People's Bank Adviser Li Sees Political `Sense' in Near-Term Yuan Increase
Chinese central bank adviser Li Daokui said near-term change in the nation’s yuan policy would make political “sense” as two days of talks with the U.S. began in Beijing.
“Politically it is worthwhile, it makes sense, for the two sides -- China and the U.S. -- to see some progress in renminbi reform in the near future,” Li said in an interview with Bloomberg Television in the Chinese capital today. The yuan is a denomination of the renminbi. “Broadening the trading band is necessary, as well as a slight increase in the value of the renminbi vis-a-vis the U.S. dollar,” Li said.
President Hu Jintao reaffirmed today that China will move gradually and independently on exchange-rate policy after keeping the yuan pegged to the dollar since July 2008 to help exporters weather the global crisis. Zhang Xiaoqiang, a senior economic planning official, said both nations’ officials agreed caution is needed in ending crisis policies.
Li, who’s a professor at the Beijing-based Tsinghua University with a Harvard University Ph.D. in economics, said that he was giving his personal views. He wasn’t more specific on what the “near future” meant.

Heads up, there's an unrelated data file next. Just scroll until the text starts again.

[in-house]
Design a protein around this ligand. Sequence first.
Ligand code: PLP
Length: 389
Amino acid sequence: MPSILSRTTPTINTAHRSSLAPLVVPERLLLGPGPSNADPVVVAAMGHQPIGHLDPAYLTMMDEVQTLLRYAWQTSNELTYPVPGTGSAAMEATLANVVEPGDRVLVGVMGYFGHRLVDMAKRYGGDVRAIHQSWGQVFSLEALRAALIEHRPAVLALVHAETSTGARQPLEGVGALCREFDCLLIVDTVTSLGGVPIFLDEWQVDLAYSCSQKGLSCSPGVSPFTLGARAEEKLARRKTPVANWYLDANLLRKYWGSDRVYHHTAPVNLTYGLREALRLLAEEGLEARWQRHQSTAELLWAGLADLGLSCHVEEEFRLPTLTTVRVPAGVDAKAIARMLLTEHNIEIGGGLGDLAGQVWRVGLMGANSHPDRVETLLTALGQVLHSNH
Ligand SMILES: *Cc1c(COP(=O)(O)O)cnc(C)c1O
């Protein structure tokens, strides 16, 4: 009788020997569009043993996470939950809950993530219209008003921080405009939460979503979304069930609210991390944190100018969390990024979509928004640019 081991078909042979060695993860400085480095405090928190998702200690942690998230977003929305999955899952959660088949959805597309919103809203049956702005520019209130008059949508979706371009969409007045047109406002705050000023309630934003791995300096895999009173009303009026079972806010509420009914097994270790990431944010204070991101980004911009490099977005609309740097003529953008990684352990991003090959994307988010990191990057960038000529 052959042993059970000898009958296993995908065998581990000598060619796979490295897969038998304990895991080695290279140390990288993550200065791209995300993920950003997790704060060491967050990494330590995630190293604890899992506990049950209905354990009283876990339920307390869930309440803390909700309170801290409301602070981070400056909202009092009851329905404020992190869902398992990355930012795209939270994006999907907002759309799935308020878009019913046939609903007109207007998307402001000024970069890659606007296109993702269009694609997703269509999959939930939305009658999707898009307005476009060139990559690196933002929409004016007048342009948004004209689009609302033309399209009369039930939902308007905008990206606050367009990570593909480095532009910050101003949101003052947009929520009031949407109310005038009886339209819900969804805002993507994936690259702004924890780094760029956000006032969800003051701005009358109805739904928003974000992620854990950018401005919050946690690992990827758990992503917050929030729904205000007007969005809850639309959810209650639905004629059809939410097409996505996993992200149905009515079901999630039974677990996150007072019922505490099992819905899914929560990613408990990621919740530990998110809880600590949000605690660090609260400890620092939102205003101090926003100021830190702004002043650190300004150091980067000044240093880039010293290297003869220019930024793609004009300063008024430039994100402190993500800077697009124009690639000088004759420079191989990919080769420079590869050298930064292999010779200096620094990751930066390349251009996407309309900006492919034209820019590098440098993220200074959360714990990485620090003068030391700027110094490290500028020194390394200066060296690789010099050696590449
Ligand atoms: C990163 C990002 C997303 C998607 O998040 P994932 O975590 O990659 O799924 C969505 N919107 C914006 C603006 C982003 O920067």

The academic said Chinese businesses can withstand an annual gain of about 3 percent in the yuan and it’s “crucially important for our exporters to know that our exchange rate sooner or later will have to appreciate, although it’s gradual.”
Li said a wider trading band and gains against the dollar are “very, very important” for guiding market “expectations.”
Cooling Property Market
While the existing band allows for a daily move of as much as 0.5 percent, the central bank is holding the yuan at about 6.83 per dollar.
Besides weighing when to let the currency appreciate, Chinese officials are trying to cool the property market and contain risks from a record expansion in credit that drove the nation’s economic rebound. They’re concerned a renewed world slump is possible because of a sovereign-debt crisis centered on Greece.
Li, appointed in March as one of three academic advisers to the People’s Bank of China, said today that he “won’t be surprised” if property prices in large Chinese cities fall 20 percent. Authorities should do more to cool the market and additional measures may include local governments investing directly in housing to boost supplies for lower-income buyers, he said.
Property prices rose by a record 12.8 percent in April from a year earlier.
The academic also said today that deposit rates should rise to deter depositors from “rushing” money into asset markets, adding that an increase wouldn’t severely affect banks’ profits. The key one-year deposit rate is 2.25 percent.